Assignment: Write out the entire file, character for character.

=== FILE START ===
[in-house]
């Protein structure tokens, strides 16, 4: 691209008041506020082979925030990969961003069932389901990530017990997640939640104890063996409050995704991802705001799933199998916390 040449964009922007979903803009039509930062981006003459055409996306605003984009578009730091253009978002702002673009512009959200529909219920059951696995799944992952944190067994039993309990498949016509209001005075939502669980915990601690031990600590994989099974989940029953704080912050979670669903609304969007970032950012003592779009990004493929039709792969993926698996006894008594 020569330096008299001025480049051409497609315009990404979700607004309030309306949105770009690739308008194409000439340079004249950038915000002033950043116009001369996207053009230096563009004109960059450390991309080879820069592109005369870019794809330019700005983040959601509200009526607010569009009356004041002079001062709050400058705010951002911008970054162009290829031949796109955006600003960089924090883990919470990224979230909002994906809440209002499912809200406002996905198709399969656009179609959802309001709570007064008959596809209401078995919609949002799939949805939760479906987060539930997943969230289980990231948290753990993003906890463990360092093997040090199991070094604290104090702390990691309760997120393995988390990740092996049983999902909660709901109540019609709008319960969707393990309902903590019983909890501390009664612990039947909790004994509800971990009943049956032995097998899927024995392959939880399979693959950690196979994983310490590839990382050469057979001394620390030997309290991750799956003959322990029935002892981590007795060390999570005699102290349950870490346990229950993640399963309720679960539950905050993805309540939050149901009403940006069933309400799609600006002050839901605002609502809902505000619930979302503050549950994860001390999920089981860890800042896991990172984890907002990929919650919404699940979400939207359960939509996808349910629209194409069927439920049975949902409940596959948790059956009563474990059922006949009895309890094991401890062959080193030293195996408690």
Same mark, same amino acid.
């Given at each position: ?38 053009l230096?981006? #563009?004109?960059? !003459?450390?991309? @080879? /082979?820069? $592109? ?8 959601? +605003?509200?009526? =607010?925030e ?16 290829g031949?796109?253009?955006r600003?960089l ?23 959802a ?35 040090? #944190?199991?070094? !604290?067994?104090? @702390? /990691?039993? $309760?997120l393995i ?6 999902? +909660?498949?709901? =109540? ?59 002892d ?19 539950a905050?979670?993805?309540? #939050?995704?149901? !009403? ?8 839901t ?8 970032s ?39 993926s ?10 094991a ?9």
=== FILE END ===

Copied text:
[in-house]
């Protein structure tokens, strides 16, 4: 691209008041506020082979925030990969961003069932389901990530017990997640939640104890063996409050995704991802705001799933199998916390 040449964009922007979903803009039509930062981006003459055409996306605003984009578009730091253009978002702002673009512009959200529909219920059951696995799944992952944190067994039993309990498949016509209001005075939502669980915990601690031990600590994989099974989940029953704080912050979670669903609304969007970032950012003592779009990004493929039709792969993926698996006894008594 020569330096008299001025480049051409497609315009990404979700607004309030309306949105770009690739308008194409000439340079004249950038915000002033950043116009001369996207053009230096563009004109960059450390991309080879820069592109005369870019794809330019700005983040959601509200009526607010569009009356004041002079001062709050400058705010951002911008970054162009290829031949796109955006600003960089924090883990919470990224979230909002994906809440209002499912809200406002996905198709399969656009179609959802309001709570007064008959596809209401078995919609949002799939949805939760479906987060539930997943969230289980990231948290753990993003906890463990360092093997040090199991070094604290104090702390990691309760997120393995988390990740092996049983999902909660709901109540019609709008319960969707393990309902903590019983909890501390009664612990039947909790004994509800971990009943049956032995097998899927024995392959939880399979693959950690196979994983310490590839990382050469057979001394620390030997309290991750799956003959322990029935002892981590007795060390999570005699102290349950870490346990229950993640399963309720679960539950905050993805309540939050149901009403940006069933309400799609600006002050839901605002609502809902505000619930979302503050549950994860001390999920089981860890800042896991990172984890907002990929919650919404699940979400939207359960939509996808349910629209194409069927439920049975949902409940596959948790059956009563474990059922006949009895309890094991401890062959080193030293195996408690």
Same mark, same amino acid.
């Given at each position: ?38 053009l230096?981006? #563009?004109?960059? !003459?450390?991309? @080879? /082979?820069? $592109? ?8 959601? +605003?509200?009526? =607010?925030e ?16 290829g031949?796109?253009?955006r600003?960089l ?23 959802a ?35 040090? #944190?199991?070094? !604290?067994?104090? @702390? /990691?039993? $309760?997120l393995i ?6 999902? +909660?498949?709901? =109540? ?59 002892d ?19 539950a905050?979670?993805?309540? #939050?995704?149901? !009403? ?8 839901t ?8 970032s ?39 993926s ?10 094991a ?9």